Virtual mirrors help people get a feeling of how clothing sold online will appear on themselves

There is a real problem with trying to sell almost anything online – your website visitors cannot touch it, they cannot look around it, and they cannot smell it. Even when people buy books, they pick them up and get a “feel” for them. People love touching fabrics in clothes stores. And when buying technology people like to pick up the packaging and see the product from a variety of angles.

All we get online is a two-dimensional picture that is flat and uninviting.

Is it any wonder that around 90% of everything we buy is still purchased in real-world, bricks and mortar stores?

For online businesses, selling more online depends on upon people getting a tangible feeling for what is on offer in the e-commerce shop.

Amazon, for instance, cottoned-on to this need a few years ago when it introduced multiple images of each product so that the items could be seen from several angles. They also added videos enabling a 360-degree view of some things on sale.

Most online shops, though, only provide a single, flat, two-dimensional image which prevents potential buyers from getting a real idea about the item on sale.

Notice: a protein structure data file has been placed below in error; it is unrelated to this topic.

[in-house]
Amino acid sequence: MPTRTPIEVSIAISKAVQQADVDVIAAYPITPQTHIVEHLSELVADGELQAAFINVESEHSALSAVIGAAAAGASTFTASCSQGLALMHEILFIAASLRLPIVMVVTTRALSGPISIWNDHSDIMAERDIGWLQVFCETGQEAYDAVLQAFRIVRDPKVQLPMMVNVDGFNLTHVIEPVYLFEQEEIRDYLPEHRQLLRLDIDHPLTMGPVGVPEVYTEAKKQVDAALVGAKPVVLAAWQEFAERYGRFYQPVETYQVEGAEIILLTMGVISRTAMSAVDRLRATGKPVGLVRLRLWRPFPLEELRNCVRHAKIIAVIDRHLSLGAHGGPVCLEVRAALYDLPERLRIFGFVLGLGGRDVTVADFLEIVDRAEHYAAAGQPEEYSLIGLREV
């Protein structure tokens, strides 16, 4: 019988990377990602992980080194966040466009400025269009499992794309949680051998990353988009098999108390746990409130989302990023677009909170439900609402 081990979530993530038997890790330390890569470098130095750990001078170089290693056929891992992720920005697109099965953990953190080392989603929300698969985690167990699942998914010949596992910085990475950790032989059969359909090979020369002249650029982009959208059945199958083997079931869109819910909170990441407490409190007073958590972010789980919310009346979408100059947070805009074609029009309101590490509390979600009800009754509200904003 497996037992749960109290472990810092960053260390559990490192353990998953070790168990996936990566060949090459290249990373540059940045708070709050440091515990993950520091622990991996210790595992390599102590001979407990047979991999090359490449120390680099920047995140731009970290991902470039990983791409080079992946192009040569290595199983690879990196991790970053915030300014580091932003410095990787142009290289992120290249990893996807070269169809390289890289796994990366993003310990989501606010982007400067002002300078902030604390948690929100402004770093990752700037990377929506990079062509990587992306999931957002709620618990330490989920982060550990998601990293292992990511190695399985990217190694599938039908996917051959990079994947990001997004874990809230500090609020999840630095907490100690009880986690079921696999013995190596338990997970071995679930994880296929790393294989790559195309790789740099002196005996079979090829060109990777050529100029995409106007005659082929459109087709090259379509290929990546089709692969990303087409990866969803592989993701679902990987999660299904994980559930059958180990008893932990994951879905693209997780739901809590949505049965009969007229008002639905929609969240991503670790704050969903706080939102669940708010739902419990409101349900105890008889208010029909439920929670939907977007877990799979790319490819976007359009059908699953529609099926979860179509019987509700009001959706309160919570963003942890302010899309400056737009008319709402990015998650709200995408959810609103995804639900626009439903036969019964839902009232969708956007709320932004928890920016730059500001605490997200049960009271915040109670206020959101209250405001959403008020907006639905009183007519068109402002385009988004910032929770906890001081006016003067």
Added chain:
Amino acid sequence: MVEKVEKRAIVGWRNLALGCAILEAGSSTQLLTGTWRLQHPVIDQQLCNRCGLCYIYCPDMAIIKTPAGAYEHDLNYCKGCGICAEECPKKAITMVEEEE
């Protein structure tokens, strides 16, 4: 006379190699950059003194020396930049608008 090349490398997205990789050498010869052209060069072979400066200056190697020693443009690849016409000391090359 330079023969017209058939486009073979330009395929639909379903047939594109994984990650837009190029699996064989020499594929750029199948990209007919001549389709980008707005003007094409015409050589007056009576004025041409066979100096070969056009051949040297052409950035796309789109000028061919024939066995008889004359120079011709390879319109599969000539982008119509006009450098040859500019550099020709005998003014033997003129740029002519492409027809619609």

New research into the concept of tangibility online has shown that when a shop makes attempts to give people a 3D view of items on sale, then there are higher levels of interest in such products. The study found that the most useful way of providing product tangibility was a “virtual mirror”. This is where you can use your webcam to see yourself with the item. This is employed by RayBan, for example, allowing you to see how a particular set of sunglasses looks on your own face. Many online spectacle stores use similar technology.

The research found that the next best way of providing some degree of product tangibility was to have a 360-degree viewing system so that the web visitor could move around the image and focus on exactly what they wanted. This is better for the shopper as it lets them look at what they want, rather than a pre-set collection of individual images. Such technology is becoming increasingly popular in allowing people to look at hotel facilities, for instance.

However, the bulk of what is for sale online is not tangible – even though the vast majority of items available for purchase are three-dimensional, physical products.

If online stores want to increase their sales, they will do so by enabling shoppers to get a proper “feel” of what is being sold to them. That means stores really need to consider 3D technology, 360-degree imagery and virtual mirrors.


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